Exodus contains laws which regulated slavery and violence in Israel. These God-given laws were beneficial and practical for the nation. The Israelites would read and study these laws and find them very practical for their setting. These specific laws do not apply to us as the Church of the Lord Jesus Christ. Yet, they are still practical because they teach us about God Himself.
The people of Israel were redeemed slaves themselves. God bought them back and brought them out of bondage in Egypt. When you read Exodus 21, you will not find the condemnation or condoning of slavery. However, you do find that an assumption is made: slavery will continue. God will permit it to run its course. Therefore, God gives laws to govern slavery. If these laws are followed closely by Israel, abuse would not take place. Eventually, slavery as a social institution would disappear altogether.
The horrific slavery and abuse of black people in our country that continued to the high-water mark during the 1960s Civil Rights era influences the way we think about slavery in the Bible. However, there are three differences between slavery in Israel around 1500 BC and slavery in America leading up to the 1860s.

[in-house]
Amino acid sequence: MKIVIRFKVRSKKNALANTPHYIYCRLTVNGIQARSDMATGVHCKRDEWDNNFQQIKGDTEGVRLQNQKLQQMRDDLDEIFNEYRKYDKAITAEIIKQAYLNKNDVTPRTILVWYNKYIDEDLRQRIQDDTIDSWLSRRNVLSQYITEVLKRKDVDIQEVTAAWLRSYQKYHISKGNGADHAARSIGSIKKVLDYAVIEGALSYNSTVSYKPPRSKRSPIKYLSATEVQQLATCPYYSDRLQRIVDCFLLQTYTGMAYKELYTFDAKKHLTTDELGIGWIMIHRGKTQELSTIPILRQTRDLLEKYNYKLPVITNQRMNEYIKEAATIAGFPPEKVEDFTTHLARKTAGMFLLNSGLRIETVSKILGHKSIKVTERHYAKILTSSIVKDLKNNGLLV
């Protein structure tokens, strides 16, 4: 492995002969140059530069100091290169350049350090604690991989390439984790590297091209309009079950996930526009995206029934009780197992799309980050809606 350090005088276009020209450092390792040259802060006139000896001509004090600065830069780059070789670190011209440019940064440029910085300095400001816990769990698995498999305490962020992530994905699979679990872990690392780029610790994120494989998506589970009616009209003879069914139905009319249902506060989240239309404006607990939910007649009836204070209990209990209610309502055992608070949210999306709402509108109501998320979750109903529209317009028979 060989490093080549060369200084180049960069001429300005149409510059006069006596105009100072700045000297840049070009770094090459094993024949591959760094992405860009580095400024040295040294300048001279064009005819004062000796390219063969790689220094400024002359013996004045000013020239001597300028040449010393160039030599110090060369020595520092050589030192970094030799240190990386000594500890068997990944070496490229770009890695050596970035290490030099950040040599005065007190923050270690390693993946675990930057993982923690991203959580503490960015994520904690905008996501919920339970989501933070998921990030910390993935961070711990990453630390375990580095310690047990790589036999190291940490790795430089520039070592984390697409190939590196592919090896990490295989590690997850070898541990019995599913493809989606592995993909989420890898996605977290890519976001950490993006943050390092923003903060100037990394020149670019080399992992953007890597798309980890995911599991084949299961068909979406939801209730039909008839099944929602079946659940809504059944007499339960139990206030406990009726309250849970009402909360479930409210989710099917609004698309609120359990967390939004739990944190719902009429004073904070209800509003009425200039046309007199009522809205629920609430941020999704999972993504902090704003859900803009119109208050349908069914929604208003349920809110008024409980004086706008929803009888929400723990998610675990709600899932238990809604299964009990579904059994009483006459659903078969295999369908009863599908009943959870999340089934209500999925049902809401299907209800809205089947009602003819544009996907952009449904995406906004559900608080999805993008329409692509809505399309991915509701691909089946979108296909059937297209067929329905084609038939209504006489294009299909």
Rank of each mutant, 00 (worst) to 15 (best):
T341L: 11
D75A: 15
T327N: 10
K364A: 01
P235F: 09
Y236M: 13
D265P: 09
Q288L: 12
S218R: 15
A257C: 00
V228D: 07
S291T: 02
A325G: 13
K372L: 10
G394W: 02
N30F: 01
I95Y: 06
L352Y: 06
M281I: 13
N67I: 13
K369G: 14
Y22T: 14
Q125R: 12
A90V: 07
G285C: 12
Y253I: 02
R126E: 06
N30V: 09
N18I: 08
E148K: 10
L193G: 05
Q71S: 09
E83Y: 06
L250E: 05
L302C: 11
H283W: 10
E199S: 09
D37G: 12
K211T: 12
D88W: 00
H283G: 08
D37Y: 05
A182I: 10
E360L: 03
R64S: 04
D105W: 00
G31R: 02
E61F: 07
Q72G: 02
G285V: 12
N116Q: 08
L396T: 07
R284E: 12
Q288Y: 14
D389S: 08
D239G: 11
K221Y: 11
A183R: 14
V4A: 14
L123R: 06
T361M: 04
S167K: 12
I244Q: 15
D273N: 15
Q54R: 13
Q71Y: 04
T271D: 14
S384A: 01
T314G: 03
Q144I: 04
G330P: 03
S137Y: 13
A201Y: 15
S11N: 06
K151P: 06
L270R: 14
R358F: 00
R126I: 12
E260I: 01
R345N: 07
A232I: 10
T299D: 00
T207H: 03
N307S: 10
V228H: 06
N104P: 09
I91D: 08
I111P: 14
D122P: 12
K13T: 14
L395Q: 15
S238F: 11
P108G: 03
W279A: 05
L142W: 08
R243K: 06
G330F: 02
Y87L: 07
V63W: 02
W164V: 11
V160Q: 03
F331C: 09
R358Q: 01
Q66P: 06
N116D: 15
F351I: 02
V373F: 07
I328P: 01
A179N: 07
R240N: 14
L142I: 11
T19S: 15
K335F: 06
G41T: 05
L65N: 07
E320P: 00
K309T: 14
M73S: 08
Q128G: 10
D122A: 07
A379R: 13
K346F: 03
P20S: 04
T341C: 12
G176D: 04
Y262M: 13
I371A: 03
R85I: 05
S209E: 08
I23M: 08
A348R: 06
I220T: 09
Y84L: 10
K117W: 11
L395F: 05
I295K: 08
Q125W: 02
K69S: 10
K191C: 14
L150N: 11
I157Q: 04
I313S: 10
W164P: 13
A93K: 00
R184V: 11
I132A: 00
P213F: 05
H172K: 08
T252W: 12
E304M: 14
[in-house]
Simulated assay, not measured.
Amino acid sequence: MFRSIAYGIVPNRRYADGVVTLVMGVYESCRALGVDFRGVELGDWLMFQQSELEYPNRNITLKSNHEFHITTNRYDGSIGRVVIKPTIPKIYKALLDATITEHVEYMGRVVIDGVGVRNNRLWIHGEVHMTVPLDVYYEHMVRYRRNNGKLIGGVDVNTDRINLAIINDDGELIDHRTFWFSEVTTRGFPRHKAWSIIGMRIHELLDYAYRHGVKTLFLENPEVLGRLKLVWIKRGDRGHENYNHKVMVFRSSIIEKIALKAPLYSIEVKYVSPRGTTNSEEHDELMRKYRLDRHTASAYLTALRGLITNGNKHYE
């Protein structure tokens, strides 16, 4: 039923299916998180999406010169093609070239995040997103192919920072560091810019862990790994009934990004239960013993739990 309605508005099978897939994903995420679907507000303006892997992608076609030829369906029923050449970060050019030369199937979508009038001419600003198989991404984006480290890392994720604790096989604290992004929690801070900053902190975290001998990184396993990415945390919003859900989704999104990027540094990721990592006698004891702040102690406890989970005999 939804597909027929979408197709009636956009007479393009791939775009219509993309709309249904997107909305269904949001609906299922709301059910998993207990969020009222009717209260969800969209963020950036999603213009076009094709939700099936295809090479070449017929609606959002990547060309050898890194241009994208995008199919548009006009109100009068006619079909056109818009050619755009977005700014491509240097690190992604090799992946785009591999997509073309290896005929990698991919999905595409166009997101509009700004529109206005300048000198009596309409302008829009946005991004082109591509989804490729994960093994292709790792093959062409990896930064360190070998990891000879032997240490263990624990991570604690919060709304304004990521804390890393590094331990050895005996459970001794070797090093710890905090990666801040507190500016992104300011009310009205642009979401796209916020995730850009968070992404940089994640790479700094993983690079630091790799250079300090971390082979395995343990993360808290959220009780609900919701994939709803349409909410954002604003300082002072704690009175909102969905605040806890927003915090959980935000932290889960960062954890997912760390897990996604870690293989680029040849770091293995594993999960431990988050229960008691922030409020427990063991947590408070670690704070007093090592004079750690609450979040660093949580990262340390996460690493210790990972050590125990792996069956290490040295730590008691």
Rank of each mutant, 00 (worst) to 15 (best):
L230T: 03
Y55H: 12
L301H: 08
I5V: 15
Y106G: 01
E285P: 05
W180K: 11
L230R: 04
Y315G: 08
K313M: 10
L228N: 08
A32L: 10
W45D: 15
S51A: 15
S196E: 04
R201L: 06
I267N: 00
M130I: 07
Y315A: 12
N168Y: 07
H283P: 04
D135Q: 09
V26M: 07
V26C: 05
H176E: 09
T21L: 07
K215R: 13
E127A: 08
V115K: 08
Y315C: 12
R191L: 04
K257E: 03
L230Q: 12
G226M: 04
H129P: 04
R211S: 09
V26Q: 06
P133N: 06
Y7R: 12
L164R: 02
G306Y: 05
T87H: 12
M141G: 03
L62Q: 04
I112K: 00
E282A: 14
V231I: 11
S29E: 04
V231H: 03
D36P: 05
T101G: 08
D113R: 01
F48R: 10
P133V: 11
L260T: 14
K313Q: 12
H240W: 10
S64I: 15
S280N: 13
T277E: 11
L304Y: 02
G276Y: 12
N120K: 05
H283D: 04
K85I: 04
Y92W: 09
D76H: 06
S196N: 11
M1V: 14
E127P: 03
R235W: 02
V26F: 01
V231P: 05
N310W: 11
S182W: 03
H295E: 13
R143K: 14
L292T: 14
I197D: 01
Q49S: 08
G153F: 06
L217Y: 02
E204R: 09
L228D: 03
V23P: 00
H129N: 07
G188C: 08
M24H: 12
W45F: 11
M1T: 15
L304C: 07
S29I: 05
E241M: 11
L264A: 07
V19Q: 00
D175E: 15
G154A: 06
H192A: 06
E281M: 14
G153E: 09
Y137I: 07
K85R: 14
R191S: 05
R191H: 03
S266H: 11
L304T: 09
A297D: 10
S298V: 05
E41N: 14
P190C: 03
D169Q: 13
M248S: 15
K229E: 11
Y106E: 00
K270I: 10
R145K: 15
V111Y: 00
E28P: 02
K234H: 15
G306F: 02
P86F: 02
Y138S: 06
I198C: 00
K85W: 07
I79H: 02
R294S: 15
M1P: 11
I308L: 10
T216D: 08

- Slaves in Israel volunteered for servitude. The poor looked at slavery as a way to meet needs and pay off debts. Involuntary slavery was forbidden (Exodus 21.16).
- Slavery in Israel must be temporary (Exodus 21.2; Deuteronomy 15.12-15). A slave did not serve perpetually.
- Slavery was mutually beneficial (Exodus 21.3-6). It benefited the servant and the master. American slavery was abusive for the most part, and it benefited the master only. A slave in Israel was provided opportunity to gain responsibility, pay off debt, and become self-sufficient, a productive member of society.
The closest relationship in our society mirroring what we see in the ancient slavery regulated in the book of Exodus is the relationship between employers and employees. It is not a comparison with the masters and slaves of Civil War era America! So, the principles governing slavery in Israel might prove very useful in the workplace today.
- Employers should not abuse or use employees, but rather they should build up, support, and make successful the employees working for them.
- Employees should learn how to manage money and other resources (even people) so that they might gain tools to become employers themselves. They shouldn’t live lives of entitlement but of perseverance and character.
See Philip Graham Ryken and R. Kent Hughes, Exodus: Saved for God’s Glory (Wheaton, IL: Crossway Books, 2005), Chapter 61, Bound for Freedom.